Atlanta Bankruptcy Attorneys Wonder What Happened to Free Checking
If banks have their way, free checking could become a thing of the past. But we don't have to accept it without a fight.
You know how I discussed the way credit card companies have been hiking up rates in light of the new consumer protection legislation? Since they can no longer charge unfair fees or trick us with sneaky term changes, they're finding other ways to make us pay - i.e., annual maintenance fees and lower credit card limits.
Well, banks seem to be headed down the same path. With Congress discussing some sort of protection against overdraft fees - those sneaky charges banks hit us with when we accidentally charge more on our debit cards than we have in our account - banks are starting to look for other sources of income. After all, most of their profits these days come from fees, not lending. And their latest source of money is the monthly maintenance fee.
Not that charging for account maintenance (whatever that means) is entirely new. But until recently, most banks offered a few ways to waive the fees - for instance, direct deposit or keeping a small minimum balance. Not so today. In fact, I just switched companies after my former bank upped its minimum balance to $1,500. I just can't guarantee that I'll always have that much money in my account, and I'm not willing to pay the $9 monthly fee if I don't.
Don't let your bank take advantage of your financial situation. Remember, you're a customer. They're supposed to meet your needs, not the other way around. If they're dinging you with fees left and right, it's time to make a change. Keep a close eye on your account so you notice immediately when you're being charged a new fee - and then find out why. Ask your bank if there's something you can do to waive the new fees. Many banks - including my new one - offer free checking when you open an account online. If one company doesn't make you happy, find one that does. It's time you took back control of your hard-earned dollars.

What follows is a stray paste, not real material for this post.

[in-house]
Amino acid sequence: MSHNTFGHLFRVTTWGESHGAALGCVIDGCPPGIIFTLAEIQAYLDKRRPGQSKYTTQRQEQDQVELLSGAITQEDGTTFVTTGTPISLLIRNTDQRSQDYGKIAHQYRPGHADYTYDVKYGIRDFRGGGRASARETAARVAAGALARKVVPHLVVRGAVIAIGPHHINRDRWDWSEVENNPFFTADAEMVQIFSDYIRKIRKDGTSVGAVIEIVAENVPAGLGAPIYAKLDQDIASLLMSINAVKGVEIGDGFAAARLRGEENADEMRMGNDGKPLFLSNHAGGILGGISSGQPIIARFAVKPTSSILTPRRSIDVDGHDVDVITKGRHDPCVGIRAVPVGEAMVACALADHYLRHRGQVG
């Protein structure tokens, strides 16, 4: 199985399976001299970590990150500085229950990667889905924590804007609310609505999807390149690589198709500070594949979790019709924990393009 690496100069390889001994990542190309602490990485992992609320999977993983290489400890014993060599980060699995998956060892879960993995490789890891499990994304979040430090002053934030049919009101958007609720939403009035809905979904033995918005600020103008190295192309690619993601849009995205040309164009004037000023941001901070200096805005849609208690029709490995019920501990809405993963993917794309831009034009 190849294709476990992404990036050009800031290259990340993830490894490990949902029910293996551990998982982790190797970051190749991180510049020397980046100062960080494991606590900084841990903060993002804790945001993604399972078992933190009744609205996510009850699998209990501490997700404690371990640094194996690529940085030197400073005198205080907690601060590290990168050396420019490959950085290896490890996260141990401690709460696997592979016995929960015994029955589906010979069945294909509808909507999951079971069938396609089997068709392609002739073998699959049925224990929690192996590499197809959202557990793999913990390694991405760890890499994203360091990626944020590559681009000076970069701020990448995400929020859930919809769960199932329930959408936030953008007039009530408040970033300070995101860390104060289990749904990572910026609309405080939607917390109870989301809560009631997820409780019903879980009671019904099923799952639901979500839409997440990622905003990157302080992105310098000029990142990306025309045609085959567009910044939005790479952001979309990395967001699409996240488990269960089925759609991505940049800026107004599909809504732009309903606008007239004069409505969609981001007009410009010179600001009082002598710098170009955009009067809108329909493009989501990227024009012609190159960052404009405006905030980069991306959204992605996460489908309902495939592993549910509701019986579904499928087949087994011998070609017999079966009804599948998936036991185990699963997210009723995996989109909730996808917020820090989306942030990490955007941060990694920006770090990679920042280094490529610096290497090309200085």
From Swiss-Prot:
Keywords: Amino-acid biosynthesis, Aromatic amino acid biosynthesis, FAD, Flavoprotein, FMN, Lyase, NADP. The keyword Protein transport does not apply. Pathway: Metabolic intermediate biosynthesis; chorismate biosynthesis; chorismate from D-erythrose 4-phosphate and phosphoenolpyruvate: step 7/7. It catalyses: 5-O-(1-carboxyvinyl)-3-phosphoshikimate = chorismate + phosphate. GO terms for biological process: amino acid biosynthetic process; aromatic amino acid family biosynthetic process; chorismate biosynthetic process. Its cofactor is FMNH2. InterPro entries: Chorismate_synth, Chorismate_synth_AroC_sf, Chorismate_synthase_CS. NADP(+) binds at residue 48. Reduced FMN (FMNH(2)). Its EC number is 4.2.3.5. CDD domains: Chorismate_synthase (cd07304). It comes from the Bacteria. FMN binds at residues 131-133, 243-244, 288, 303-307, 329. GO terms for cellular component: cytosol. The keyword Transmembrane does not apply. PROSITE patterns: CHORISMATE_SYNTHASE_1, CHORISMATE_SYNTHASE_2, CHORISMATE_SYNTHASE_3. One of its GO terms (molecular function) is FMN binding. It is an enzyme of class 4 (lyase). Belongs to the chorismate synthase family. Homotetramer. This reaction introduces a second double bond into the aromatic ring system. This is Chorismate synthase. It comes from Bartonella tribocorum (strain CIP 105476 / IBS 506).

Speaking of forking over your paycheck, how would you like to reduce the amount that goes to creditors each month? Sure, bank fees hurt when you're struggling to make the bills each month - but for most folks, the heart of the problem is debt and the interest that goes with it. Fortunately, bankruptcy offers a reliable way to eliminate your debt obligation and protect you from creditor actions like lawsuits and repossession - even foreclosure. And it's your right as a U.S. citizen.